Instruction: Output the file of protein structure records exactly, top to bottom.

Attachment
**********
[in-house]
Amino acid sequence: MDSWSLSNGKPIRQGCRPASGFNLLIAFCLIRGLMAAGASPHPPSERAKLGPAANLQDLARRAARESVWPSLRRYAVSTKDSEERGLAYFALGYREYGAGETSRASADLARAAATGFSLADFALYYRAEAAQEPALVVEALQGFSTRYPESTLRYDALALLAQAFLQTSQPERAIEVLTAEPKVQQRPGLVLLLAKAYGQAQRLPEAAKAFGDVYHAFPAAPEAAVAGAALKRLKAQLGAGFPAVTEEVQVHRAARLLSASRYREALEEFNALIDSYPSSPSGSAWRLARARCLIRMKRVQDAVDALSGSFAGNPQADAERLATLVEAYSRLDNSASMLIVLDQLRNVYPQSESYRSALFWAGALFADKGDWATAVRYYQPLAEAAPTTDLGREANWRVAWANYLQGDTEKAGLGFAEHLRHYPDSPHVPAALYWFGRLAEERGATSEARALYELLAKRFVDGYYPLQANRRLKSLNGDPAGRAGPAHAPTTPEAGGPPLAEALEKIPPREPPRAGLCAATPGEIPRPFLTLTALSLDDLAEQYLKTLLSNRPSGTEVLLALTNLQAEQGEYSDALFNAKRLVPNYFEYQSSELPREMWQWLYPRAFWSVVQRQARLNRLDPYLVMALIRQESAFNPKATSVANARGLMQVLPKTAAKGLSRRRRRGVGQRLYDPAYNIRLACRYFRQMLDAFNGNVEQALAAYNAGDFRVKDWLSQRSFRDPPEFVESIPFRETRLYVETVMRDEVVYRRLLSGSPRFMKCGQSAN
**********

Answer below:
[in-house]
Amino acid sequence: MDSWSLSNGKPIRQGCRPASGFNLLIAFCLIRGLMAAGASPHPPSERAKLGPAANLQDLARRAARESVWPSLRRYAVSTKDSEERGLAYFALGYREYGAGETSRASADLARAAATGFSLADFALYYRAEAAQEPALVVEALQGFSTRYPESTLRYDALALLAQAFLQTSQPERAIEVLTAEPKVQQRPGLVLLLAKAYGQAQRLPEAAKAFGDVYHAFPAAPEAAVAGAALKRLKAQLGAGFPAVTEEVQVHRAARLLSASRYREALEEFNALIDSYPSSPSGSAWRLARARCLIRMKRVQDAVDALSGSFAGNPQADAERLATLVEAYSRLDNSASMLIVLDQLRNVYPQSESYRSALFWAGALFADKGDWATAVRYYQPLAEAAPTTDLGREANWRVAWANYLQGDTEKAGLGFAEHLRHYPDSPHVPAALYWFGRLAEERGATSEARALYELLAKRFVDGYYPLQANRRLKSLNGDPAGRAGPAHAPTTPEAGGPPLAEALEKIPPREPPRAGLCAATPGEIPRPFLTLTALSLDDLAEQYLKTLLSNRPSGTEVLLALTNLQAEQGEYSDALFNAKRLVPNYFEYQSSELPREMWQWLYPRAFWSVVQRQARLNRLDPYLVMALIRQESAFNPKATSVANARGLMQVLPKTAAKGLSRRRRRGVGQRLYDPAYNIRLACRYFRQMLDAFNGNVEQALAAYNAGDFRVKDWLSQRSFRDPPEFVESIPFRETRLYVETVMRDEVVYRRLLSGSPRFMKCGQSAN